Wednesday, August 05, 2020

KBank deals with balancing act of helping borrowers and keeping shareholders happy

Jul 03. 2020
Patchara Samalapa, president of Kasikornbank
Patchara Samalapa, president of Kasikornbank
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By The Nation

Kasikornbank assured shareholders on Thursday (July 2) that it will recover the cost it has incurred from putting a moratorium on debt repayment and from other financial aid extended to borrowers hit by the Covid-19 crisis. 

Kasikornbank, like other commercial banks, has been offering different types of assistance to borrowers, including a moratorium on debt repayment, reduction on interest rate and new liquidity injections. The bank implemented special financial packages to deal with the impact of Covid-19 outbreak since April, many of which allowed debt repayments to be put off by up to six accounting periods. 

Patchara Samalapa, president of Kasikornbank, said on Thursday that the bank has so far helped 650,000 borrowers, both individuals and corporates, by halting principal and interest repayment. Their combined outstanding loans are worth Bt828 billion. 

The bank also granted new loans to 94,000 borrowers worth Bt156 billion, up 30 per cent from last year, he said. 

Kasikorn has also allocated Bt1.5 billion for soft loans to help companies continue employing their workers. This package also covers zero-per-cent 10-year loans for small-sized businesses. The bank has so far given Bt1.14 billion to companies so they don’t have to lay off 49,000 employees. 

Patchara said the bank is not that concerned about individual borrowers but is instead focusing more on the Bt746 billion owed by businesses, principal repayment of which has been put on hold. The bank has suspended principal repayment for 293,000 businesses and granted new loans worth Bt143 billion to 60,000 businesses, he said.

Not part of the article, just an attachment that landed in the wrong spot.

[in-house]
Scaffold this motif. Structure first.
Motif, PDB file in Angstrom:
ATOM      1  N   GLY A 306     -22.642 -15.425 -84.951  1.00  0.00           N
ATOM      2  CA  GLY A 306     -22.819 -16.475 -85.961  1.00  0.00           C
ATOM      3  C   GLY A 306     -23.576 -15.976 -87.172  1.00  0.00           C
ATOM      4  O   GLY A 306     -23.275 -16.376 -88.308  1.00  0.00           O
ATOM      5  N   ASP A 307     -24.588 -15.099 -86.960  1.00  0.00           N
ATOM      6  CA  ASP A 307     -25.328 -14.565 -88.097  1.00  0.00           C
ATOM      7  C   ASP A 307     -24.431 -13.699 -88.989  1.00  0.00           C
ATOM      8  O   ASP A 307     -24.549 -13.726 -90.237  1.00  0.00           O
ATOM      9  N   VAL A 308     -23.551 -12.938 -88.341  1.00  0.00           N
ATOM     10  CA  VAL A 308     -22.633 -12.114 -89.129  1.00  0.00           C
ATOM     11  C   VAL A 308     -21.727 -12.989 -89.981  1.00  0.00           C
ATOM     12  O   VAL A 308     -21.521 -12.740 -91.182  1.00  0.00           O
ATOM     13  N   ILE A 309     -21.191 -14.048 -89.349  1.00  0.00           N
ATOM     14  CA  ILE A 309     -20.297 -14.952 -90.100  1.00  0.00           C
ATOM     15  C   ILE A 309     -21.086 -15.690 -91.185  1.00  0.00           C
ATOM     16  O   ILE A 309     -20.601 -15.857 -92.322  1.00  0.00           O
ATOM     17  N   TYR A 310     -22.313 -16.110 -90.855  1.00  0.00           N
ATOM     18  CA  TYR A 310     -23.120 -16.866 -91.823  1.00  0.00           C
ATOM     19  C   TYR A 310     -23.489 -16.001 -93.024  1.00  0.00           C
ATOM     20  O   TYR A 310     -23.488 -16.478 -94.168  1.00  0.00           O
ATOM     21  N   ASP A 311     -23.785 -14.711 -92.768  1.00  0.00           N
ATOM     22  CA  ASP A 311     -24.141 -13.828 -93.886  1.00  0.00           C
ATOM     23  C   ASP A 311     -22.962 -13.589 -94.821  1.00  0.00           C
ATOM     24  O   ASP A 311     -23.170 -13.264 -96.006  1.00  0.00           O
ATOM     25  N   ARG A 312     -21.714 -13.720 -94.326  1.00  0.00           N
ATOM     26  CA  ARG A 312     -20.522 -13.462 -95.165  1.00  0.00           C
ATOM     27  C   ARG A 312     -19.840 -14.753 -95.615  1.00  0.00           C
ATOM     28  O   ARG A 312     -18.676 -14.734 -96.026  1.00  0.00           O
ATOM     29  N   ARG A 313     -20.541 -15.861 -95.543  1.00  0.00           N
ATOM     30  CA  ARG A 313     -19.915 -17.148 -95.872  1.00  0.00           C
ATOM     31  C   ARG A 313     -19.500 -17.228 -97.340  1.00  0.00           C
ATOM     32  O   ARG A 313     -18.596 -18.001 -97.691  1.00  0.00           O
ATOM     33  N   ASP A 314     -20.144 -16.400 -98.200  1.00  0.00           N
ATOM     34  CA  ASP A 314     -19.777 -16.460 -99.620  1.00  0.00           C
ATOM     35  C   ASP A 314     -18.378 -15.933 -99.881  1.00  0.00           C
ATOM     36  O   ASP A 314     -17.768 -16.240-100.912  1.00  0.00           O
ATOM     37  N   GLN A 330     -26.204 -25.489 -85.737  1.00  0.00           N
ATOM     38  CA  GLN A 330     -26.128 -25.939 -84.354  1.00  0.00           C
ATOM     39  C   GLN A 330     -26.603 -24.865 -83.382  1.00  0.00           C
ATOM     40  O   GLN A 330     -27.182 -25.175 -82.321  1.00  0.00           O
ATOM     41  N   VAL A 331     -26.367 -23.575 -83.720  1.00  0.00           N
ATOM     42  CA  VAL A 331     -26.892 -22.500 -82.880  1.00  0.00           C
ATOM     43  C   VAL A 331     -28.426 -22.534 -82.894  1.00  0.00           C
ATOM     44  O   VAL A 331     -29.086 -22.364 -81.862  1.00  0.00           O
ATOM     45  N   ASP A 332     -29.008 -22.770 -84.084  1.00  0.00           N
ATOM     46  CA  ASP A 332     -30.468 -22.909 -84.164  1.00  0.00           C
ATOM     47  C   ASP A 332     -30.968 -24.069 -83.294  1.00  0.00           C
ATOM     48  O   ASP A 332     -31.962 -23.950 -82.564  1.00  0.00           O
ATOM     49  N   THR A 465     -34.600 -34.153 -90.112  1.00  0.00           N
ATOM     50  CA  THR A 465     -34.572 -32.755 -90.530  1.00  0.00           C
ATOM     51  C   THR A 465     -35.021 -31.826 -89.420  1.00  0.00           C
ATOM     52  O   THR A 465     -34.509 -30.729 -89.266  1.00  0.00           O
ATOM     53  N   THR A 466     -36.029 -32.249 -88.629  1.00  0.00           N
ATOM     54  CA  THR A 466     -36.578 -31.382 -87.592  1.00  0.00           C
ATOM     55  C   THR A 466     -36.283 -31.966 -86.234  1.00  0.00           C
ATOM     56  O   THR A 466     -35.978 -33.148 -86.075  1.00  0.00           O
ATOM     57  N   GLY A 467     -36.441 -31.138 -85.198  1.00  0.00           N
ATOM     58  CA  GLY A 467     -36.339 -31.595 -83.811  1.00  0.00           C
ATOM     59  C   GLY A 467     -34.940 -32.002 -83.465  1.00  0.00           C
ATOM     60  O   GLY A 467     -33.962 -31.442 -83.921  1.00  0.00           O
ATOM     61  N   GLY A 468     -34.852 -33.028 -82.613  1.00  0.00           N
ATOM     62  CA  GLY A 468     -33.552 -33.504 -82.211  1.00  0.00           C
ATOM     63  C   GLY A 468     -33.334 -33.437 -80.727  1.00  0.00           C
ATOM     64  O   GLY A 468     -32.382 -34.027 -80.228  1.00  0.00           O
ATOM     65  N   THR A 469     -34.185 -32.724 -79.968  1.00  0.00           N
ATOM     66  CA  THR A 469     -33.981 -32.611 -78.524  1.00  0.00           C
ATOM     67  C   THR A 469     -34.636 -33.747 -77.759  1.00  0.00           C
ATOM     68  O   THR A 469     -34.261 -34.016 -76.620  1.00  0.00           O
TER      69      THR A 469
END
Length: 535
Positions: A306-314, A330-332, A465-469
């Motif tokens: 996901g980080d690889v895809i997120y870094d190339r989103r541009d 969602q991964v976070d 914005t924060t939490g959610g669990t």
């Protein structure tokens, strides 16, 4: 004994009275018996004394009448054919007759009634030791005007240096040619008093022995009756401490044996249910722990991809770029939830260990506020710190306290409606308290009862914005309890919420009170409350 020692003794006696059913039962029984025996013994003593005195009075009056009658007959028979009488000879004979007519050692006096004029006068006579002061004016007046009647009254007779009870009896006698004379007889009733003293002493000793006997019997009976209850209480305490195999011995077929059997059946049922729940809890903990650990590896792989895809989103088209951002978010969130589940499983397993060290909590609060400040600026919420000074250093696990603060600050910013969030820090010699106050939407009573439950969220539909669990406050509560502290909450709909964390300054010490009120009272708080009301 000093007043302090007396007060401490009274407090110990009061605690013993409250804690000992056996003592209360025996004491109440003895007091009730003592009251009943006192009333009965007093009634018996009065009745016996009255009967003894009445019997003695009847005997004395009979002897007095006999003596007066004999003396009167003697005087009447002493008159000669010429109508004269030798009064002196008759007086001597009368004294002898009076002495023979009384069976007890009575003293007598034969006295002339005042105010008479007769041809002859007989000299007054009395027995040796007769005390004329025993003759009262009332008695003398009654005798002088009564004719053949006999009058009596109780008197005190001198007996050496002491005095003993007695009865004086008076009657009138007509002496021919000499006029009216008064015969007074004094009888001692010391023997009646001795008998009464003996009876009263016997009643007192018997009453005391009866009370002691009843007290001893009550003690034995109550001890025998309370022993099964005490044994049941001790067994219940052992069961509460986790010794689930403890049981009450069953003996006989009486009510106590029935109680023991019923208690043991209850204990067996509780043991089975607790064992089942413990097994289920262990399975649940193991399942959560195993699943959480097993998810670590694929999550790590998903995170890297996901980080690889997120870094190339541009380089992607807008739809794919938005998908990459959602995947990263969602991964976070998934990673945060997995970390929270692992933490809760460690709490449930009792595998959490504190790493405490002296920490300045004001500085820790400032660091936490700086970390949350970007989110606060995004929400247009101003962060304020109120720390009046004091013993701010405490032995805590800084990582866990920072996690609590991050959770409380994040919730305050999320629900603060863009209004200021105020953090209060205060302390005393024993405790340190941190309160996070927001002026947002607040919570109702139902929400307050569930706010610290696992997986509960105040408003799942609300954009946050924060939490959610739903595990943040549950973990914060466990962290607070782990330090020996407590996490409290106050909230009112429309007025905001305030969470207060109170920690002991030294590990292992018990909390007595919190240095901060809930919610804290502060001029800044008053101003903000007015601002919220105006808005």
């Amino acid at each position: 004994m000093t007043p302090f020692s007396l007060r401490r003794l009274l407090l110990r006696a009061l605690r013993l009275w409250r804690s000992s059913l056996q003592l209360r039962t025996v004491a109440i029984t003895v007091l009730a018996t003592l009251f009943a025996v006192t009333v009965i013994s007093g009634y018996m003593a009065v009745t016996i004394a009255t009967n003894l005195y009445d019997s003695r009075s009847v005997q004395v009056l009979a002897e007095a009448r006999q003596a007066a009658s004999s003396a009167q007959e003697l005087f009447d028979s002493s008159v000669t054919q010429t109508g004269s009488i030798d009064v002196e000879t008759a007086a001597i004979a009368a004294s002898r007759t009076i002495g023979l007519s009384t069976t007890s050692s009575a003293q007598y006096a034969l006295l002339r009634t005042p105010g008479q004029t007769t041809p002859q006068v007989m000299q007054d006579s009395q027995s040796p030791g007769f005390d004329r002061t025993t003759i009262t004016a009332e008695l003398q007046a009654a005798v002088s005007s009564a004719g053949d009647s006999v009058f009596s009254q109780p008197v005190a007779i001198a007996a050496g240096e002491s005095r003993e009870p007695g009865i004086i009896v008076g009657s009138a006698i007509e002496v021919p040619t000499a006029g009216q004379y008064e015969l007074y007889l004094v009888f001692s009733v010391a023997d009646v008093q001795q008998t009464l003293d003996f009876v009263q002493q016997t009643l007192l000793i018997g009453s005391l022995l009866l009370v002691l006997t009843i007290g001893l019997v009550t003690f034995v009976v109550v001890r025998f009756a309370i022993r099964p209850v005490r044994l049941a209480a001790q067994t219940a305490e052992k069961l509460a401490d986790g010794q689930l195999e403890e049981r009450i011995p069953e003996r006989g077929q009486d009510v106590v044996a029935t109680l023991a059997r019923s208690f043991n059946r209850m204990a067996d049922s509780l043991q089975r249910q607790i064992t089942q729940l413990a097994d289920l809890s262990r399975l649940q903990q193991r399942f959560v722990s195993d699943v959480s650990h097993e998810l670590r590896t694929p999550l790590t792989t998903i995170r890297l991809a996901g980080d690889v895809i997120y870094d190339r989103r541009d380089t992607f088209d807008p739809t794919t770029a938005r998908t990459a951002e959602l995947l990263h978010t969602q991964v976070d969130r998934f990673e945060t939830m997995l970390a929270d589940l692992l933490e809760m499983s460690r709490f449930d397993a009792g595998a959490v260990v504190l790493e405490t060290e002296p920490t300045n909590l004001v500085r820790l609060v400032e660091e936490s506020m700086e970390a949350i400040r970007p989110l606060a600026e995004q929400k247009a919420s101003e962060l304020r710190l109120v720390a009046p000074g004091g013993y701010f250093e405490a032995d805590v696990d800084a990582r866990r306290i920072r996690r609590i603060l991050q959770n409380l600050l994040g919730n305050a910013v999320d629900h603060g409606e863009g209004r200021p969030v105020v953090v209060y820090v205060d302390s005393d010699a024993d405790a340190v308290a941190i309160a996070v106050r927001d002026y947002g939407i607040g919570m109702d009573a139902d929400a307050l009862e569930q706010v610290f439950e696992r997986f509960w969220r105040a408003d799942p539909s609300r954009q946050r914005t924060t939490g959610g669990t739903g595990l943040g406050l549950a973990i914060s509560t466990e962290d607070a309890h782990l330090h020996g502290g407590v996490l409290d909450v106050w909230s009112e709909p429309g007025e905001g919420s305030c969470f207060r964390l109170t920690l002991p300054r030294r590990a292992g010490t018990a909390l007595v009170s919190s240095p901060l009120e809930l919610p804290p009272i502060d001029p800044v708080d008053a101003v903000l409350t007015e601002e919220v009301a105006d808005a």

“It is impossible to predict how many of these businesses will be able to survive and come back after the crisis ends,” he admitted, referring to uncertainty stemming from fears of a second wave of infections or other new negative factors. “Maybe only 60 per cent of them will be able to rebuild their business.” 

However, he assured shareholders that they should not worry as most loans are backed by collaterals, while the average loan-to-value (LTV) ratio is 81 per cent – as in a debtor borrowing Bt100 will have to provide a collateral worth about Bt120.

He also conceded that the bank has taken money from shareholders’ pockets to help borrowers. “Thank you to those who have not sold our shares, but many did, which caused the bank’s shares to fall sharply,” he said. 

The Bank of Thailand’s and government’s financial aid measures have pushed commercial and state-run banks to provide support to both retail and corporate clients. 

The central bank has also recently told banks to stop paying interim dividends for 2020 and also prohibited them from buying back shares as it wants to ensure banks have enough capital needed to run their business. 

Patchara said Kasikornbank’s deposits have risen 13 per cent since early this year to Bt934 billion as of June 22. This suggests that corporates have cash in hand, though the new deposits come from those who are not participating int the loan-repayment moratorium, he added.

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